Here $E(1,a)$ is a symplectic ellipsoid, $Z^4(A)$ is the symplectic cylinder $D^2(A) \times \mathbb{R}^2, C^4(A) = D^2(A) \times D^2(A)$ is the cube and $P(A,bA) = D^2(A) \times D^2(bA)$ the polydisc, and $T^4(A) = T^2(A) \times T^2(A)$, where $T^2(A)$ is the 2-torus of area $A$. In each problem we ask for the smallest $A$ for which $E(1,a)$ symplectically embeds. The answer is very different in each case: total rigidity, total flexibility with a hidden rigidity, and a two-fold subtle transition between them. The talk is based on works by Cristofaro-Gardiner, Frenkel, Latschev, McDuff, Muller, and myself.

Speaker: Felix Schlenk , Universite de Neuchatel, Switzerland
Location:
IAS Room S-101
March 30, 2017
10:45am - 11:45am
TBA - Dusa McDuff
Speaker: Dusa McDuff , Columbia University
Location:
IAS Room S-101
March 30, 2017
2:00pm - 3:30pm
TBA - Ian Jauslin
Speaker: Ian Jauslin , Institute for Advanced Study
Location:
Jadwin Hall 111
March 30, 2017
2:30pm - 3:30pm
TBA - Yongxin Chen

Please note special day (Thursday).

Speaker: Yongxin Chen, Department of Medical Physics, Memorial Sloan Kettering Cancer Center
Location:
McDonnell Hall 102A
March 30, 2017
4:30pm - 5:30pm
Knot traces and concordance

A conjecture of Akbulut and Kirby from 1978 states that the concordance class of a knot is determined by its 0-surgery. In 2015, Yasui disproved this conjecture by providing pairs of knots which have the same 0-surgeries yet which can be distinguished in (smooth) concordance by an invariant associated to the four-dimensional traces of such a surgery. In this talk, I will discuss joint work with Lisa Piccirillo in which we construct many pairs of knots which have diffeomorphic 0-surgery traces yet some of which can be distinguished in smooth concordance by the Heegaard Floer d-invariants of their double branched covers. If time permits, I will also discuss the applicability of this work to the existence of interesting invertible satellite maps on the smooth concordance group.

Speaker: Allison Miller , University of Texas, Austin
Location:
Fine Hall 314
March 30, 2017
4:30pm - 5:30pm
Brief survey of computer assisted proofs for partial differential equations

 I will present a brief survey of computer assisted methods of studying partial differential equations that I have worked on. The methods I am going to discuss allow for obtaining proofs of the existence of particular solutions of a certain class of PDEs in a prescribed range of parameters.  I will discuss opportunities  and limitations of the presented approach. In particular most of the presented results have not been obtained using known techniques of 'classical analysis'.  I will focus on two particular examples from my research, namely 1) a proof of the existence of globally attracting solutions for the 1d viscous Burgers equation (with non-autonomous forcing) https://arxiv.org/abs/1403.7170, and 2) recent proof of the heteroclinic connections in the 1d Ohta-Kawasaki (diblock copolymers) model https://arxiv.org/abs/1703.01022

Speaker: Jacek Cyranka , Rutgers University
Location:
Fine Hall 322
March 30, 2017
4:30pm - 5:30pm
Galois Representations for the general symplectic group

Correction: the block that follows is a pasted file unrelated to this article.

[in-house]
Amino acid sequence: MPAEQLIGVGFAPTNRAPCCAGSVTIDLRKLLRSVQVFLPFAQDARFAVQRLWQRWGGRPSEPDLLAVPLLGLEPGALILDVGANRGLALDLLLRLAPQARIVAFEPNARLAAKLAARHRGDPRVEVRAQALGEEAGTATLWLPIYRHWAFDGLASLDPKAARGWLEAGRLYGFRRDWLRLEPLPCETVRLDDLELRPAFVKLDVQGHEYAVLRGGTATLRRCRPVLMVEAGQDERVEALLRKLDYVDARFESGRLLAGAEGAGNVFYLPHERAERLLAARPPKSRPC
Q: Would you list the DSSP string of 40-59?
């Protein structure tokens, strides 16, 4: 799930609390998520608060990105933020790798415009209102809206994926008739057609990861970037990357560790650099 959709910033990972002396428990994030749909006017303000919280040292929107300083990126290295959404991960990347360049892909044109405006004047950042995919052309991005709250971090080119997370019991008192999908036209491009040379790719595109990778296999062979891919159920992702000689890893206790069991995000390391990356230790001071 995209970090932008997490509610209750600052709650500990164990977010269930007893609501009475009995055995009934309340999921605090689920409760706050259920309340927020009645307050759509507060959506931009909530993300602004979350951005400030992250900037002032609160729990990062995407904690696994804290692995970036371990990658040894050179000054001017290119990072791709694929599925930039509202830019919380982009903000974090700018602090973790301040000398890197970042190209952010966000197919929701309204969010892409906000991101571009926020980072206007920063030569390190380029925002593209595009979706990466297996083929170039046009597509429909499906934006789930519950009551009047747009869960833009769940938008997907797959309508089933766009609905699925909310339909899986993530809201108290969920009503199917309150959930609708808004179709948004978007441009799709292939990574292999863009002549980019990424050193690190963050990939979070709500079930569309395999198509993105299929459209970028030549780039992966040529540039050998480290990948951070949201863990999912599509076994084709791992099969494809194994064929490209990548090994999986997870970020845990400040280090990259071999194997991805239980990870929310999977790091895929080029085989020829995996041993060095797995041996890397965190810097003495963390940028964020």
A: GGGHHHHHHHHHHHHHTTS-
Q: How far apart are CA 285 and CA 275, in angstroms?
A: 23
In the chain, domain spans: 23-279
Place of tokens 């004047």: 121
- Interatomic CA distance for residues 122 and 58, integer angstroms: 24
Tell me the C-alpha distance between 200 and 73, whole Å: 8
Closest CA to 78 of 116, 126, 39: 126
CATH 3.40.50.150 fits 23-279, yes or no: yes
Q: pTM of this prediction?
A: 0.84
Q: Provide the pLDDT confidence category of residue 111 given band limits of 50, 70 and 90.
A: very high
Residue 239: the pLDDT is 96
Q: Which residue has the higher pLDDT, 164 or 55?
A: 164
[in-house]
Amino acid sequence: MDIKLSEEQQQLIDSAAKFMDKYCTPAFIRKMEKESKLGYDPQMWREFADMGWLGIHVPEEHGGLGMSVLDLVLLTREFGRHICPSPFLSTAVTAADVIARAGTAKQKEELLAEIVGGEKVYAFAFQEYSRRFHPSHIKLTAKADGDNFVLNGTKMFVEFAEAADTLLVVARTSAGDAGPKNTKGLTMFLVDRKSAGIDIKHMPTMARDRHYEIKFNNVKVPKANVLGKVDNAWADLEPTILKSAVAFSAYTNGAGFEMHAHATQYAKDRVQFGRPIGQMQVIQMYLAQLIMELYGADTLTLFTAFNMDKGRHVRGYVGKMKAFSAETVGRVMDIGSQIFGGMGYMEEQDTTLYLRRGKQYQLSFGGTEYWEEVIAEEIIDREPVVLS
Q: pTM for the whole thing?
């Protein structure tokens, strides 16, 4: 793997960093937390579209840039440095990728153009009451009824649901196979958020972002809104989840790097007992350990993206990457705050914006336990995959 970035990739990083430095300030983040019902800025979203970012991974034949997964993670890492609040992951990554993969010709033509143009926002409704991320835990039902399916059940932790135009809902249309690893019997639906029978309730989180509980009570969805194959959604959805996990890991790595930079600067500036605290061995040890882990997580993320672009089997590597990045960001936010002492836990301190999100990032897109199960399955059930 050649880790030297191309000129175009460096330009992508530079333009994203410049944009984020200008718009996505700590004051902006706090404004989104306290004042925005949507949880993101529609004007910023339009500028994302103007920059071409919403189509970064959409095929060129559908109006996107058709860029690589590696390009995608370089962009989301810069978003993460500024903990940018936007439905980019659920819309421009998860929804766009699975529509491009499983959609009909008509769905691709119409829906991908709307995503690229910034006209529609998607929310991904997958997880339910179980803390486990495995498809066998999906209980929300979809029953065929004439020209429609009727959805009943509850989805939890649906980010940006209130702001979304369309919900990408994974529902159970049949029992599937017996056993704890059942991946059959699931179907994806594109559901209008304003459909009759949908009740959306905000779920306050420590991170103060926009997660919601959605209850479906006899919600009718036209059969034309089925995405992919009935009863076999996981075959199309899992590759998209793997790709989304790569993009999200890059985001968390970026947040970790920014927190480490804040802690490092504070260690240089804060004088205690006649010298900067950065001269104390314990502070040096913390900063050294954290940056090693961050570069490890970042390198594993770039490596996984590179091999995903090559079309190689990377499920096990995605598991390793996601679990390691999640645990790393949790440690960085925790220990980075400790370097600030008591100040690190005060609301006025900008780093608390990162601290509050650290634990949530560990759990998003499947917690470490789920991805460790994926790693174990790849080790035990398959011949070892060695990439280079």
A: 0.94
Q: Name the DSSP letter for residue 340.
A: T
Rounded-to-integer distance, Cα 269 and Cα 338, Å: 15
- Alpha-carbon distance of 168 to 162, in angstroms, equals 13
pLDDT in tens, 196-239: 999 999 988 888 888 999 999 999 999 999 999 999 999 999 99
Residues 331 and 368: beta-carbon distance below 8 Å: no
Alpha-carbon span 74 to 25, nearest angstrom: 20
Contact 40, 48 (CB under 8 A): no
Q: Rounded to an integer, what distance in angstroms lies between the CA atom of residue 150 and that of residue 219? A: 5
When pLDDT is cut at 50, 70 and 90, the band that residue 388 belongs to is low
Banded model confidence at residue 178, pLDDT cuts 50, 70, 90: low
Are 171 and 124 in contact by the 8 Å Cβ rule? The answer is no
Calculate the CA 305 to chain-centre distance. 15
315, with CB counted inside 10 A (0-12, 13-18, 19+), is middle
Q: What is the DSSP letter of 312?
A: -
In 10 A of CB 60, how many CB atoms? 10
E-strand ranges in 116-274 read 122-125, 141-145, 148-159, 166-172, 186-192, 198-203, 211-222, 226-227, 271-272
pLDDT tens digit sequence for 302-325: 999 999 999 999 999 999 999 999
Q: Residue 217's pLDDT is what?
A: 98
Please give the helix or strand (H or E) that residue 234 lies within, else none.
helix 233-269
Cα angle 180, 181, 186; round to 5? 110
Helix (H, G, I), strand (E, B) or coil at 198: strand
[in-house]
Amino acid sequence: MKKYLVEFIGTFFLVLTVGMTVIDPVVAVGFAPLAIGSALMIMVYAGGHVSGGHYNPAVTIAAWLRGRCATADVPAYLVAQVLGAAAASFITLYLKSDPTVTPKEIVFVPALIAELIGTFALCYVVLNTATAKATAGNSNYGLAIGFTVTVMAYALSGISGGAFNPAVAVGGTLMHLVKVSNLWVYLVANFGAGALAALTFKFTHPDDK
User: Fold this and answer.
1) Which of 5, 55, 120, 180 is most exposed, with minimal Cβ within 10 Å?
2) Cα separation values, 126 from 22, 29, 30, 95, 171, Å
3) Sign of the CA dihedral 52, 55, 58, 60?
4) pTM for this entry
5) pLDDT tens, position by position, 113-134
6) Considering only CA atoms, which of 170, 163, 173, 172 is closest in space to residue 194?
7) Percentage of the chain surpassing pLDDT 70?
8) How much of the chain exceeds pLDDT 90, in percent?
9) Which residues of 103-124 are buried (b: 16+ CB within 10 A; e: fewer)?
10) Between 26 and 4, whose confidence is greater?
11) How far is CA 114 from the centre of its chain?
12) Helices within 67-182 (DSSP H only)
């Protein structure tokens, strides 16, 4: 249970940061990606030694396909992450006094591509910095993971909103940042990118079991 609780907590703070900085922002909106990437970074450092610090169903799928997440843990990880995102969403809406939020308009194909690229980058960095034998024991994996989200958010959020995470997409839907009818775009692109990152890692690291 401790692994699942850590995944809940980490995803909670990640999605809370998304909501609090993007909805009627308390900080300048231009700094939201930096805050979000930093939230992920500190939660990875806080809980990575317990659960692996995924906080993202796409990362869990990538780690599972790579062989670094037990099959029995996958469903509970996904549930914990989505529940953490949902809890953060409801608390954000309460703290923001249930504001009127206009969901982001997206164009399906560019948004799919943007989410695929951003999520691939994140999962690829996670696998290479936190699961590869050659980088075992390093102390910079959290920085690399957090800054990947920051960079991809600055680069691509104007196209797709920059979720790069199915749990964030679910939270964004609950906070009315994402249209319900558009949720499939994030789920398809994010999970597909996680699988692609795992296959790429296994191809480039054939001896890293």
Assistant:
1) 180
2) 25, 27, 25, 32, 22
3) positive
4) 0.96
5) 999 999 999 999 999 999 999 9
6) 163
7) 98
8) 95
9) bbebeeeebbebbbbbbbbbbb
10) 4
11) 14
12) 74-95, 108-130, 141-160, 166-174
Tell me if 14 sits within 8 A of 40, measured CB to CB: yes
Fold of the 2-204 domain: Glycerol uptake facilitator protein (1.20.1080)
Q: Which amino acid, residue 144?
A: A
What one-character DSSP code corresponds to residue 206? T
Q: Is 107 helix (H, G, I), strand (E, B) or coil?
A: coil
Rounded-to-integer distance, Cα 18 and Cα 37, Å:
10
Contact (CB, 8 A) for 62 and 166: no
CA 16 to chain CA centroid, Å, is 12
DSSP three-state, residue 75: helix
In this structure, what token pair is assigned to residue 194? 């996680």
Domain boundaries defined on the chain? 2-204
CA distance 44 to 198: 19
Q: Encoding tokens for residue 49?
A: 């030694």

In a recent preprint with Sug Woo Shin (https://arxiv.org/abs/1609.04223) I construct Galois representations corresponding for cohomological cuspidal automorphic representations of general symplectic groups over totally real number fields under the local hypothesis that there is a Steinberg component. In this talk I will explain some parts of this construction that involve the eigenvariety.

Speaker: Arno Kret , University of Amsterdam
Location:
IAS Room S-101
March 31, 2017
9:30am - 5:00pm
Columbia-Princeton Probability Day 2017

Speakers:

  • Marek Biskup (UCLA)
  • Mark Rudelson (Michigan)
  • Vladas Sidoravicius (NYU)
  • Fabio Toninelli (Lyon)

 Junior Speakers:

  • Tatyana Shcherbyna (Princeton)
  • Yi Sun (Columbia)

PLEASE CLICK HERE FOR CONFERENCE LINK.  

Contact Ramon van Handel for further details.

 

Speaker: ,
Location:
TBD
March 31, 2017
5:00pm - 6:00pm
Solving packing problems by linear programming

Part 2: Cohn-Elkies linear programming bounds and modular forms.

The sphere packing problem asks which biggest portion of the euclidean d-dimensional space can be covered by non-overlapping unit balls. In most dimensions d this question is believed be an extremely difficult combinatorial geometric problem. However, in dimensions 8 and 24 the sphere the sphere packing problem has a surprisingly simple solution based on linear programming bounds.The goal of this series of talks is to explain the ideas behind this solution. 

Speaker: Maryna Viazovska , Humboldt University
Location:
Fine Hall 314
April 3, 2017
3:00pm - 4:00pm
TBA - Willie Wong
Speaker: Willie Wong , Michican State University
Location:
Fine Hall 314
April 3, 2017
4:00pm - 5:00pm
TBA - David Steurer
Speaker: David Steurer, Cornell University
Location:
Fine Hall 214
April 3, 2017
5:15pm - 6:15pm
Solving packing problems by linear programming

Part 3: Fourier interpolation.

The sphere packing problem asks which biggest portion of the euclidean d-dimensional space can be covered by non-overlapping unit balls. In most dimensions d this question is believed be an extremely difficult combinatorial geometric problem. However, in dimensions 8 and 24 the sphere the sphere packing problem has a surprisingly simple solution based on linear programming bounds.The goal of this series of talks is to explain the ideas behind this solution. 

Speaker: Maryna Viazovska , Humboldt University
Location:
Fine Hall 314
April 4, 2017
4:30pm - 5:30pm
TBA - Noah Giansiracusa
Speaker: Noah Giansiracusa , Swarthmore College
Location:
Fine Hall 322